Newspaper In Education is an international educational effort that helps teachers and parents use the very latest textbook — their local daily newspaper — to instruct young people about the world around them, fuel their desire to learn about many topics and encourage a love of reading.
At The Dispatch, the Newspaper In Education program provides discounted newspapers to classrooms, supplies free teaching materials and presents workshops and inservice training to help teachers explore how to use the newspaper in class.
Our goals are to help students learn and develop reading and critical thinking skills now and to help them become informed, involved citizens in the future. We also work to provide teachers with an economical, effective and exciting teaching aid — the newspaper — and supplemental, supportive teaching materials, whether they teach English, journalism, business, science, math, life skills or social studies.
Research from the University of Minnesota indicates that students who read a newspaper in class score 10 percent to 30 percent better on standardized reading tests than their peers who do not read newspapers in class.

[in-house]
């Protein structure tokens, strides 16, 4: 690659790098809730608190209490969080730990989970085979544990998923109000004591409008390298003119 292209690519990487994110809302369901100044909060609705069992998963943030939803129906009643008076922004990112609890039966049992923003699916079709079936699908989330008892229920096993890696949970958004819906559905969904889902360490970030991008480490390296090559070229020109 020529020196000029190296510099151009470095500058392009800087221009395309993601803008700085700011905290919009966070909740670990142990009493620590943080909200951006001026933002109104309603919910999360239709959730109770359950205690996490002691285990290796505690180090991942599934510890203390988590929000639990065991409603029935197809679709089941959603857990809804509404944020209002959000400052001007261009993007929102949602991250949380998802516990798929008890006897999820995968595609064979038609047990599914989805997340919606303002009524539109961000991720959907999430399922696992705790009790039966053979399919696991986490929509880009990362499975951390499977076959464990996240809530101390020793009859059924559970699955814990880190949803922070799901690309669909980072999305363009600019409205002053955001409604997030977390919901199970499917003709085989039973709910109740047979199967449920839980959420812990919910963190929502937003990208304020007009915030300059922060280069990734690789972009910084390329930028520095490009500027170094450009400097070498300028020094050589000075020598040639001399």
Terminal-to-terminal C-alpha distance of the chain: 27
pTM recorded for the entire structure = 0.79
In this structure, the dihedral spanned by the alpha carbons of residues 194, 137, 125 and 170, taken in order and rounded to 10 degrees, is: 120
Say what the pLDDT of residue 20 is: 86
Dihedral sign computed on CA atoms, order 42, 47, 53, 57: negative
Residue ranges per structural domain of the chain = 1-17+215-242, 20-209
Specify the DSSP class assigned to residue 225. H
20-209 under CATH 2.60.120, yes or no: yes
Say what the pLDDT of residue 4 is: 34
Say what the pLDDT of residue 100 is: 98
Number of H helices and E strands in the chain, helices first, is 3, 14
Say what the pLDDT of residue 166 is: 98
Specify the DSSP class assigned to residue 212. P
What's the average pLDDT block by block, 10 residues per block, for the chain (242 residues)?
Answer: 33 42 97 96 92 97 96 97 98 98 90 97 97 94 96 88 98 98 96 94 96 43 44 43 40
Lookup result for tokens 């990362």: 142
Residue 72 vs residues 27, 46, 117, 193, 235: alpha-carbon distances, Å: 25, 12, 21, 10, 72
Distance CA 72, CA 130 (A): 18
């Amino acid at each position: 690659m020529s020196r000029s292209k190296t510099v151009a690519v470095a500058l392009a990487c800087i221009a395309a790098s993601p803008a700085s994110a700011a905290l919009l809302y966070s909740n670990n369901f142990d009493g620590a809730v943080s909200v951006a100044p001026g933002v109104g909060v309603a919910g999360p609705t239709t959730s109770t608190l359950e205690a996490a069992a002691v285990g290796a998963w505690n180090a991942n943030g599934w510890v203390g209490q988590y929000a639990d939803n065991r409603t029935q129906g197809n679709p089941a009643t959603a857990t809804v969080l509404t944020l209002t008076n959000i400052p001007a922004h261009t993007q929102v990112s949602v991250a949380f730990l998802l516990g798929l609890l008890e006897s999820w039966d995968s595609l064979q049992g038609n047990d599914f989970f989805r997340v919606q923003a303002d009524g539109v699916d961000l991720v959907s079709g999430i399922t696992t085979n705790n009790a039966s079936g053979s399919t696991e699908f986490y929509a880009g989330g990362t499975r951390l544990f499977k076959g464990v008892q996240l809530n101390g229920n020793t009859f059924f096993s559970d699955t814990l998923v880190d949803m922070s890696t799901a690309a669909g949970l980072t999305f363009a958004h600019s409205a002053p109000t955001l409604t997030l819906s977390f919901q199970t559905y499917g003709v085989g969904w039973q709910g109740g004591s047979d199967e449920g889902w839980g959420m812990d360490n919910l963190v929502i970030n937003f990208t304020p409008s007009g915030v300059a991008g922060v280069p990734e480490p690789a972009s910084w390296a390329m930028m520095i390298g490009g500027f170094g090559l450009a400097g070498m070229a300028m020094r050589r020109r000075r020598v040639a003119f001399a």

According to the study, using the newspaper in class helps improve students’ attitudes about reading, including decreasing "reading avoidance" issues. Students like reading the newspaper because they find things of interest in it. Also, newspapers provide a constantly changing source of non-fiction reading material, a key need in many schools, and help students hone critical thinking skills.
The Dispatch's Newspaper In Education program serves hundreds of teachers in more than a dozen central Ohio counties. The program has materials for all learners from kindergarten to twelfth grade, plus adult education and English as a Second Language classes.
Using the newspaper bridges the gap between classroom learning and real-world living, helps foster global awareness and understanding of local issues, creates informed citizens, offers examples of conflict and resolution and fosters reading, thinking and writing skills.
In addition, using newspapers in class can encourage positive student attitudes toward reading, improve math skills, motivate students to talk with their peers and parents about what they read and help students learn how to solve real-life problems.